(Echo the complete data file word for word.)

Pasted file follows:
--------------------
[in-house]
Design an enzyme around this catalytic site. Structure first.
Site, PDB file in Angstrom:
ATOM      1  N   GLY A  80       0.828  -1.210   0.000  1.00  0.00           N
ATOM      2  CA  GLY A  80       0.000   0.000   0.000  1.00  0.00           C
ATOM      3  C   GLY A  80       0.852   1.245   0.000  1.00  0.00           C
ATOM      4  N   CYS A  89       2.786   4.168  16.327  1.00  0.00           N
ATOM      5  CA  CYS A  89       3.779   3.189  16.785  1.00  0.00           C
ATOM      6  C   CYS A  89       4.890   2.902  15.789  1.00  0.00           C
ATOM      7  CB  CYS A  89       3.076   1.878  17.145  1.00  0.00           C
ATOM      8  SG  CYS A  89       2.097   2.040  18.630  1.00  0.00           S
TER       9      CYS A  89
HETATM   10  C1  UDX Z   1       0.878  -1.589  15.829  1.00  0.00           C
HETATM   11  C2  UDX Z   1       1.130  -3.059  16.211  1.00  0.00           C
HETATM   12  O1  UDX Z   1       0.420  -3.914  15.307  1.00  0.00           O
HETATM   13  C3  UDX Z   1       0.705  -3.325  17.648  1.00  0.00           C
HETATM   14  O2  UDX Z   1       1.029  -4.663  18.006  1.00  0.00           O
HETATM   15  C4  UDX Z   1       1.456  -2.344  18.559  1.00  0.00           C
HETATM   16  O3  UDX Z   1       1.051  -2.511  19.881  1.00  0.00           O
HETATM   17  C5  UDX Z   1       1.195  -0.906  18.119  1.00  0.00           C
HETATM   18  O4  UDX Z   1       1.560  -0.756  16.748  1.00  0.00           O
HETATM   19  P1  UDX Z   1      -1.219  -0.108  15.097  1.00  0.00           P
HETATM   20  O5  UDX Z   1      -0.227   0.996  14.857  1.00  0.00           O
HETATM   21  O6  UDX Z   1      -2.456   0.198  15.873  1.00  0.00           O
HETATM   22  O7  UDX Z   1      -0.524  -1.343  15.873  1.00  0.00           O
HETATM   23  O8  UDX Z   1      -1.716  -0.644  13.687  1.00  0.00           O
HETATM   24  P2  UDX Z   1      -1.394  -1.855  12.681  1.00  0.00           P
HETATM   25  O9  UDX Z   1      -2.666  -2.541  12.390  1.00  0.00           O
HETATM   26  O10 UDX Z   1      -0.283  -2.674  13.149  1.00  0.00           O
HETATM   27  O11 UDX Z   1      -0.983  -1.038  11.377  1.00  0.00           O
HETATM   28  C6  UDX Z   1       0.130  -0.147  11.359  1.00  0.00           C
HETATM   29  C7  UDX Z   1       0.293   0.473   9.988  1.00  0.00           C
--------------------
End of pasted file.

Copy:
[in-house]
Design an enzyme around this catalytic site. Structure first.
Site, PDB file in Angstrom:
ATOM      1  N   GLY A  80       0.828  -1.210   0.000  1.00  0.00           N
ATOM      2  CA  GLY A  80       0.000   0.000   0.000  1.00  0.00           C
ATOM      3  C   GLY A  80       0.852   1.245   0.000  1.00  0.00           C
ATOM      4  N   CYS A  89       2.786   4.168  16.327  1.00  0.00           N
ATOM      5  CA  CYS A  89       3.779   3.189  16.785  1.00  0.00           C
ATOM      6  C   CYS A  89       4.890   2.902  15.789  1.00  0.00           C
ATOM      7  CB  CYS A  89       3.076   1.878  17.145  1.00  0.00           C
ATOM      8  SG  CYS A  89       2.097   2.040  18.630  1.00  0.00           S
TER       9      CYS A  89
HETATM   10  C1  UDX Z   1       0.878  -1.589  15.829  1.00  0.00           C
HETATM   11  C2  UDX Z   1       1.130  -3.059  16.211  1.00  0.00           C
HETATM   12  O1  UDX Z   1       0.420  -3.914  15.307  1.00  0.00           O
HETATM   13  C3  UDX Z   1       0.705  -3.325  17.648  1.00  0.00           C
HETATM   14  O2  UDX Z   1       1.029  -4.663  18.006  1.00  0.00           O
HETATM   15  C4  UDX Z   1       1.456  -2.344  18.559  1.00  0.00           C
HETATM   16  O3  UDX Z   1       1.051  -2.511  19.881  1.00  0.00           O
HETATM   17  C5  UDX Z   1       1.195  -0.906  18.119  1.00  0.00           C
HETATM   18  O4  UDX Z   1       1.560  -0.756  16.748  1.00  0.00           O
HETATM   19  P1  UDX Z   1      -1.219  -0.108  15.097  1.00  0.00           P
HETATM   20  O5  UDX Z   1      -0.227   0.996  14.857  1.00  0.00           O
HETATM   21  O6  UDX Z   1      -2.456   0.198  15.873  1.00  0.00           O
HETATM   22  O7  UDX Z   1      -0.524  -1.343  15.873  1.00  0.00           O
HETATM   23  O8  UDX Z   1      -1.716  -0.644  13.687  1.00  0.00           O
HETATM   24  P2  UDX Z   1      -1.394  -1.855  12.681  1.00  0.00           P
HETATM   25  O9  UDX Z   1      -2.666  -2.541  12.390  1.00  0.00           O
HETATM   26  O10 UDX Z   1      -0.283  -2.674  13.149  1.00  0.00           O
HETATM   27  O11 UDX Z   1      -0.983  -1.038  11.377  1.00  0.00           O
HETATM   28  C6  UDX Z   1       0.130  -0.147  11.359  1.00  0.00           C
HETATM   29  C7  UDX Z   1       0.293   0.473   9.988  1.00  0.00           C